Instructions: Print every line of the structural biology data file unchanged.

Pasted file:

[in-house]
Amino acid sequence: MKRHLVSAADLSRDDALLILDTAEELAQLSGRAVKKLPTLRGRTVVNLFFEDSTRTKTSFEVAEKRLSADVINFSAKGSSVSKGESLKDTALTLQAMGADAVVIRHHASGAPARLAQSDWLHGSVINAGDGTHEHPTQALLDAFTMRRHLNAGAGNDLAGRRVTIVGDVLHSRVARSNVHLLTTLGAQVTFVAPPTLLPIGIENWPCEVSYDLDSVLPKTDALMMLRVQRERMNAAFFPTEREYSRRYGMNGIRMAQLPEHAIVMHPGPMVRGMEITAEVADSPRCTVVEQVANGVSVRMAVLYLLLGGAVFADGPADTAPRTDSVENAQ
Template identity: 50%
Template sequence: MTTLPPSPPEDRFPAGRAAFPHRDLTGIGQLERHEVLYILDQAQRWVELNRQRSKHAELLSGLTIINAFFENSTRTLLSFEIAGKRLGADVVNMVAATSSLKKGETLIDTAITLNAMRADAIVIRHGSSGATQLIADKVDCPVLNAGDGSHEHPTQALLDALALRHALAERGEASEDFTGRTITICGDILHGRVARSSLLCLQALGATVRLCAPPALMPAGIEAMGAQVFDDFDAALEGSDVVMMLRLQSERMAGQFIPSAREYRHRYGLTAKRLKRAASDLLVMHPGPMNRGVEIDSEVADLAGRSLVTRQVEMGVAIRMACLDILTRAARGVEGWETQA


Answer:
[in-house]
Amino acid sequence: MKRHLVSAADLSRDDALLILDTAEELAQLSGRAVKKLPTLRGRTVVNLFFEDSTRTKTSFEVAEKRLSADVINFSAKGSSVSKGESLKDTALTLQAMGADAVVIRHHASGAPARLAQSDWLHGSVINAGDGTHEHPTQALLDAFTMRRHLNAGAGNDLAGRRVTIVGDVLHSRVARSNVHLLTTLGAQVTFVAPPTLLPIGIENWPCEVSYDLDSVLPKTDALMMLRVQRERMNAAFFPTEREYSRRYGMNGIRMAQLPEHAIVMHPGPMVRGMEITAEVADSPRCTVVEQVANGVSVRMAVLYLLLGGAVFADGPADTAPRTDSVENAQ
Template identity: 50%
Template sequence: MTTLPPSPPEDRFPAGRAAFPHRDLTGIGQLERHEVLYILDQAQRWVELNRQRSKHAELLSGLTIINAFFENSTRTLLSFEIAGKRLGADVVNMVAATSSLKKGETLIDTAITLNAMRADAIVIRHGSSGATQLIADKVDCPVLNAGDGSHEHPTQALLDALALRHALAERGEASEDFTGRTITICGDILHGRVARSSLLCLQALGATVRLCAPPALMPAGIEAMGAQVFDDFDAALEGSDVVMMLRLQSERMAGQFIPSAREYRHRYGLTAKRLKRAASDLLVMHPGPMNRGVEIDSEVADLAGRSLVTRQVEMGVAIRMACLDILTRAARGVEGWETQA